• You can now add a clipboard placeholder (%clipboard) to have Textpander insert the current clipboard content into a snippet on expansion. (Only the clipboard's plain text representation is used here.)
  • Textpander can now import or subscribe to "nlang" files from Nisus Writer.
  • Textpander Help should now work on Mac OS X 10.3.9.
  • Available Languages: English, French, German.

After using it continuously for more than a month, I can affirm that Textpander is capable of filling the text macro role very satisfactorily, even for a heavy text macro user like me.

I still like TypeIt4Me, which is a mature application that works extremely well and has a strong track record. TypeIt4Me also supports all versions of OS X 10.3 Panther (version 2.2.2 no longer supports 10.2 Jaguar), while Textpander wants OS 10.3.9 or later, which might be the deciding factor for some users.

Of particular interest to many Low End Mac readers, TypeIt4Me is also available in a Classic version that supports OS 8/9. You can switch back and forth between OS X and Classic, sharing the same abbreviations file, and even edit it on either side. Since you can try both programs out without making any cash commitment, my advice would be to sample them both and decide which one you like best.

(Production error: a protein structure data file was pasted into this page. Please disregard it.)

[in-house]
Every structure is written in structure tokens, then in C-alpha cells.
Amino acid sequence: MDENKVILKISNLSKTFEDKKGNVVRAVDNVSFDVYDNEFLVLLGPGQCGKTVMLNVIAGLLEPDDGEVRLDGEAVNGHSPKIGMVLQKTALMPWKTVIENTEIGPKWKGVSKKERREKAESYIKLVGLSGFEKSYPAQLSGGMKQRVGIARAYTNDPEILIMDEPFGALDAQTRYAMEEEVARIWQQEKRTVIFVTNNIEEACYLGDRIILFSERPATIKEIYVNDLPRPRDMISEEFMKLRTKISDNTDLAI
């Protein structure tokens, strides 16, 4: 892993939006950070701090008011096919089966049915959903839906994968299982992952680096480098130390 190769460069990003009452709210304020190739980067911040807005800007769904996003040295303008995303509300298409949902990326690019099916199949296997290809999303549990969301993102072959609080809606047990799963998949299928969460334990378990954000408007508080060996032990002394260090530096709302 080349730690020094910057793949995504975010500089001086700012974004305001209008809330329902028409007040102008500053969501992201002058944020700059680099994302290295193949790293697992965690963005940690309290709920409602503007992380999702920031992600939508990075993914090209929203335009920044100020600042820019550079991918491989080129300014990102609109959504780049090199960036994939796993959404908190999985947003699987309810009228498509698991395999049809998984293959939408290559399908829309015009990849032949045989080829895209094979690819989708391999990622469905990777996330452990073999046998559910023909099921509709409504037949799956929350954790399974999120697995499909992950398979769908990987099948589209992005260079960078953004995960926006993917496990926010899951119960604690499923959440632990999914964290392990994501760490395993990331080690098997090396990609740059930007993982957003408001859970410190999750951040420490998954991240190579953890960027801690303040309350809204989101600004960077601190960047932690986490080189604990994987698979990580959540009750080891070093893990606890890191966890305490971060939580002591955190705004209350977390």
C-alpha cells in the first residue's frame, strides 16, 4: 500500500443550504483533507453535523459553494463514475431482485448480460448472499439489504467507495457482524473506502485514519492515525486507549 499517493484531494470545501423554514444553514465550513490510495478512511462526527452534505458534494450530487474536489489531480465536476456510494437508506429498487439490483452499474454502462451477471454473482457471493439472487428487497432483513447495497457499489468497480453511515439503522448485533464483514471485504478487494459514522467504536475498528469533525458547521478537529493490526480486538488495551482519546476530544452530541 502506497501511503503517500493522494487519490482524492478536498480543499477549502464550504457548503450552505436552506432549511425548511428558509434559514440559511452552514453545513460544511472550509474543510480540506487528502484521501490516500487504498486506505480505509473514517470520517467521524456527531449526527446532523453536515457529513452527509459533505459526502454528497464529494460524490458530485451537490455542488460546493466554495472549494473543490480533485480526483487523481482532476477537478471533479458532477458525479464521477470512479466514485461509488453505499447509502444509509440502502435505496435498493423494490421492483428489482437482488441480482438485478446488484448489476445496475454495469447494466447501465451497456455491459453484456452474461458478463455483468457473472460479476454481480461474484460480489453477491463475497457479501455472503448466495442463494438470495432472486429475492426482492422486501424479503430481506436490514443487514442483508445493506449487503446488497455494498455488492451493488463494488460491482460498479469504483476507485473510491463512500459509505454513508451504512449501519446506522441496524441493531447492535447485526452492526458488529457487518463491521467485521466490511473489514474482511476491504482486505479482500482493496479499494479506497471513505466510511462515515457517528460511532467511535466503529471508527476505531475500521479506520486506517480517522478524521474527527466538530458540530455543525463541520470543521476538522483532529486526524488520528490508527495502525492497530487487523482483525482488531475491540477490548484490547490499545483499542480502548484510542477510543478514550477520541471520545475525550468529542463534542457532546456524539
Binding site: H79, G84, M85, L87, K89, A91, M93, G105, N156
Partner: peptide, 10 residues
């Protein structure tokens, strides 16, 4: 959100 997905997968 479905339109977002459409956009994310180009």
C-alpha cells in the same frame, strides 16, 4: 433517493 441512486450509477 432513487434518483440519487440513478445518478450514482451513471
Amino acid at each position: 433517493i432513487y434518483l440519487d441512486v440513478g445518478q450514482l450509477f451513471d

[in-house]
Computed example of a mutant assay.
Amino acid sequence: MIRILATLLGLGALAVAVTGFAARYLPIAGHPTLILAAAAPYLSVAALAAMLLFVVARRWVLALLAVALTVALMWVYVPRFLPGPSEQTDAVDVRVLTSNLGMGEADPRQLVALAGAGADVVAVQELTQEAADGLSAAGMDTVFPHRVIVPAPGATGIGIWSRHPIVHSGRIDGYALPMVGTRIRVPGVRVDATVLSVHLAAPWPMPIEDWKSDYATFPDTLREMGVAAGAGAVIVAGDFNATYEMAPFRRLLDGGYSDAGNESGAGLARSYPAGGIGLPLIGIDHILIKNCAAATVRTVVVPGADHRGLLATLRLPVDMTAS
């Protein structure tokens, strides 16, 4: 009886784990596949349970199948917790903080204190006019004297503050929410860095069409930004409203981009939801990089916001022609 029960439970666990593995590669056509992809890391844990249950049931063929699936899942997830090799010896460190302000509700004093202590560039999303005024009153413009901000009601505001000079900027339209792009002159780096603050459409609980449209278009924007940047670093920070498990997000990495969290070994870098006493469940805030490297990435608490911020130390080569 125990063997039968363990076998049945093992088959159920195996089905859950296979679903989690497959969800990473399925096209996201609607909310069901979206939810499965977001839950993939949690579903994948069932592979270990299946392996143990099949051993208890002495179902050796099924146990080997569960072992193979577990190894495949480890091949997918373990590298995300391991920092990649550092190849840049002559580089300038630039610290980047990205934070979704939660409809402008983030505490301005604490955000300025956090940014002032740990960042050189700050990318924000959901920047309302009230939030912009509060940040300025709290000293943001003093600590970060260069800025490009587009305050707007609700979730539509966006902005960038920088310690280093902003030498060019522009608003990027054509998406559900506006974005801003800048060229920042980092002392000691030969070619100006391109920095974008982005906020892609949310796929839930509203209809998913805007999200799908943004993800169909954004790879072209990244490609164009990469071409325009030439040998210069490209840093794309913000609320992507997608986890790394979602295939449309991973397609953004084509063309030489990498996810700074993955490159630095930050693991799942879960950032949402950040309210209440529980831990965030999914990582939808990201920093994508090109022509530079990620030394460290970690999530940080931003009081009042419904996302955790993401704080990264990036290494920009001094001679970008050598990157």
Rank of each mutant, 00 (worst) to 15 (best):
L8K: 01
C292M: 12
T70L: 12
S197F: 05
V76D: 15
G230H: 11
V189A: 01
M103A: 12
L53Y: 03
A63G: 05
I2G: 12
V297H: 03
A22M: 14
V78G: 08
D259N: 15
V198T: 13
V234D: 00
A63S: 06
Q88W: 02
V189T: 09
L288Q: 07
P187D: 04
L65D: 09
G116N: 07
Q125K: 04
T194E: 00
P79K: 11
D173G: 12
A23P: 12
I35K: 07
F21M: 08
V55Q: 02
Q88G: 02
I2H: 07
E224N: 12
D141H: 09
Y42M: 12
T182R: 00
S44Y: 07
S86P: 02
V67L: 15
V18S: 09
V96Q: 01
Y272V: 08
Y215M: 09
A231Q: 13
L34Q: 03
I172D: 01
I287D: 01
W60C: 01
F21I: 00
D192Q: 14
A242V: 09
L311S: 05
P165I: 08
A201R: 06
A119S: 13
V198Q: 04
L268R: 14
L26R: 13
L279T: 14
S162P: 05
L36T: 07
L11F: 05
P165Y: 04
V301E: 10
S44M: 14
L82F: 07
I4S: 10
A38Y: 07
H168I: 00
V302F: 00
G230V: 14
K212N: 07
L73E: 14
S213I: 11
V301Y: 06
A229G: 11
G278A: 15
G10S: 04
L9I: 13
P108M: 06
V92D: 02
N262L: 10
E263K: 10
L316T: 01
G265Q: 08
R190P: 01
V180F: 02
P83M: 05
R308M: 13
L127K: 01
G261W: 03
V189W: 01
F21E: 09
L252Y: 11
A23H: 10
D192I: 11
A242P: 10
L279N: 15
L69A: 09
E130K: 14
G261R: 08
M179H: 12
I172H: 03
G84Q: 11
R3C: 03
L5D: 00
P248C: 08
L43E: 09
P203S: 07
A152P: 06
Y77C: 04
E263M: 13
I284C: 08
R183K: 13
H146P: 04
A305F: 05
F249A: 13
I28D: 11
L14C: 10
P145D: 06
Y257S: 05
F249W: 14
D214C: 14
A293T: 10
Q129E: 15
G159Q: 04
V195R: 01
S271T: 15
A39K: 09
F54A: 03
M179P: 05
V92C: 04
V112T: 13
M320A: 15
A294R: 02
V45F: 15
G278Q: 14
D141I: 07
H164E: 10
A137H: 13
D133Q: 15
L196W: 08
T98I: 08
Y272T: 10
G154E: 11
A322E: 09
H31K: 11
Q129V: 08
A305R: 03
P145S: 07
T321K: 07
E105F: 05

• System requirements: Requires Mac OS X 10.3.9
  • Freeware/donationware


  • System requirements: Mac OS 9.2.2 or Mac OS X 10.3 or later
  • TypeIt4Me X is $27 shareware.
Link: Textpander
Link: TypeIt4Me
Link: Typinator

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Charles Moore has been a freelance journalist since 1987 and began writing for Mac websites in May 1998. His The Road Warrior column was a regular feature on MacOpinion, he is news editor at Applelinks.com and a columnist at MacPrices.net. If you find his articles helpful, please consider making a donation to his tip jar.